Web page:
The main difference in her current role is that she is less distant from the customer, said Ms Scalzi. The learning curve was steeper than usual, moving from banking to insurance, as there were new acronyms, jargon, processes and products to learn. “And I need to learn those of my clients as well, because in order for me to be effective in my job, I need to understand each of our clients’ processes and range of products.”
The most challenging experience for her, throughout her career, was in transitioning into her current role with UnderwriteMe. “I was entering a completely new world, with a very steep learning curve. And a number of months into that experience, finding myself in a situation where I had to juggle multiple client commitments and project deliveries at the same time as having to rebuild my team and learning a whole new world,” she said. “It was a very challenging time. I think what was really helpful at the time was to have incredibly supportive management teams from both UnderwriteMe and Pacific Life Re.”
On the flipside, that experience ended up being the most rewarding for her a year later, after she had managed to fulfil commitments and saw the results of her work. “It was completely different from my previous roles in that now, I can see the contributions made by my team. In the last few years alone, UnderwriteMe in Asia has really taken off, and I’m proud to be a part of the team that made it happen. We have received lots of good feedback from our clients, ranging from the speed of the implementation to the UnderwriteMe technology itself. All these serve as positive reinforcements for my team and me to work consistently harder to serve our clients better.”
Saying your piece
The advice Ms Scalzi gave other young women who are thinking of joining the finance or tech industries is simple: “Be prepared.”
“As a woman in a junior position, you’ll be walking into a lot of rooms with men in more senior positions. And it will be very scary. What I’ve learned through all these years is that the best way to be less scared is to go in prepared. If you don’t know things, find out. And the second thing I’ve learned is to never go into a room without making it a point to participate. Have courage, develop a voice,” she said.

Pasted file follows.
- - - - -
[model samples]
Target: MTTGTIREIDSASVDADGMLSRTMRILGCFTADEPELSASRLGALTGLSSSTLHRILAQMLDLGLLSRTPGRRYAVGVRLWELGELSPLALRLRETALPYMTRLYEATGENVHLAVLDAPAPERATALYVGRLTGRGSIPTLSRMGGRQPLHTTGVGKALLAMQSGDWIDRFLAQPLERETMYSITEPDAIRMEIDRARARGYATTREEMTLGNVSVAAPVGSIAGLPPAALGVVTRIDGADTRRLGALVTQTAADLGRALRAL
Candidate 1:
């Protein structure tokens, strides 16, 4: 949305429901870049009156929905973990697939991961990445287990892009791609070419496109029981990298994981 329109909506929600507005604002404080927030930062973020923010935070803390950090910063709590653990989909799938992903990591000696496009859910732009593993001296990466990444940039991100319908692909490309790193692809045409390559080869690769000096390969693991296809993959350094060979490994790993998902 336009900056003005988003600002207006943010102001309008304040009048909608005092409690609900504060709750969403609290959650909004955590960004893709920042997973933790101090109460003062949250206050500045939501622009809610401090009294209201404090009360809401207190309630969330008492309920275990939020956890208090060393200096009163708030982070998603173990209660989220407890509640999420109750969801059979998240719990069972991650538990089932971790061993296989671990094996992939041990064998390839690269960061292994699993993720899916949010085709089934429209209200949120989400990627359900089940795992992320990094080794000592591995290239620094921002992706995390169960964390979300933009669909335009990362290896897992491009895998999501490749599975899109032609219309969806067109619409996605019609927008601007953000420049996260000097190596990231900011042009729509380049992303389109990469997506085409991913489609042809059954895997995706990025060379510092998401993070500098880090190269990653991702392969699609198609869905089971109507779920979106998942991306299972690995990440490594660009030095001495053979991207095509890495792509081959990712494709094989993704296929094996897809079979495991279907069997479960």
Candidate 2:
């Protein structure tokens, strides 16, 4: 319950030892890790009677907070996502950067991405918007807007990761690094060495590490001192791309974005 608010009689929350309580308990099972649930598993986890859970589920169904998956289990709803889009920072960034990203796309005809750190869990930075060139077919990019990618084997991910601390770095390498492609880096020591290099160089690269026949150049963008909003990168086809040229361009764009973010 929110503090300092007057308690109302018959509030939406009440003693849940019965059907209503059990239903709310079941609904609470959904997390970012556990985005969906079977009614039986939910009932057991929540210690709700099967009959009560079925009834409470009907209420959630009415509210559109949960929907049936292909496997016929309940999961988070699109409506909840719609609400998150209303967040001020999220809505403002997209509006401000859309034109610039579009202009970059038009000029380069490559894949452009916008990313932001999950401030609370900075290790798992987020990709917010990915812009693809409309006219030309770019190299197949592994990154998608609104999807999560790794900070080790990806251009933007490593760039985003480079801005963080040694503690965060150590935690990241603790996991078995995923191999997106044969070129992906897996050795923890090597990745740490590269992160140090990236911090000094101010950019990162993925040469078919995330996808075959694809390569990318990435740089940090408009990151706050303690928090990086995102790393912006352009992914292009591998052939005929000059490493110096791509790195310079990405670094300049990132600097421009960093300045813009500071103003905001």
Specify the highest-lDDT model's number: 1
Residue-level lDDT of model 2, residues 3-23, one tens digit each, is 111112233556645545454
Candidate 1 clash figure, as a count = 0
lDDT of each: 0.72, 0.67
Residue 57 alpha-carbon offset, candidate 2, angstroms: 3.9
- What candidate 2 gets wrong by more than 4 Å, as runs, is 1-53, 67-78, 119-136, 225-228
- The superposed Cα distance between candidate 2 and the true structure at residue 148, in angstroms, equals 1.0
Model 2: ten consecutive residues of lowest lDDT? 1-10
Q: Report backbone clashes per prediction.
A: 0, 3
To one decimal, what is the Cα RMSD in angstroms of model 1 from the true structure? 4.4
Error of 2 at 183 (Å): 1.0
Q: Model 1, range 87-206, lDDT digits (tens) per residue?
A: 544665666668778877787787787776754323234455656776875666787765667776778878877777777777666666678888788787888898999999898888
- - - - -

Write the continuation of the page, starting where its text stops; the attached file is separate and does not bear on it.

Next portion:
Preparation helps women contribute in what would otherwise be an intimidating situation, she said. “If you’re convinced that what you’re saying is right, then say it. Obviously say it in the right way. Use your negotiation and your influencing skills, but don’t remain quiet because you think that they are not going to listen. People will naturally listen if you’re seen to be providing something valuable.”
While attitudes on diversity have changed over the past decade, inclusivity is still an elusive goal for many companies. Her advice is to be open-minded and patient. “Everyone acknowledges that we are diverse. However, there is still some room for improvement in terms of understanding and accepting the fact that if you have different people from different backgrounds, they will speak and think differently.” It is about awareness and education, and it will be a multi-year process, she said. UnderwriteMe and Pacific Life Re have begun by forming small committees to engage the workforce in a similar way they engage their clients – finding out issues within the workplace, problems that might only affect a small subset of the staff and resolving those issues.
“One thing that was clear from the start was how passionate my colleagues are about this. It took five minutes just to say, you know, we are putting together this committee, is anyone interested? And you get lots of hands,” she said. A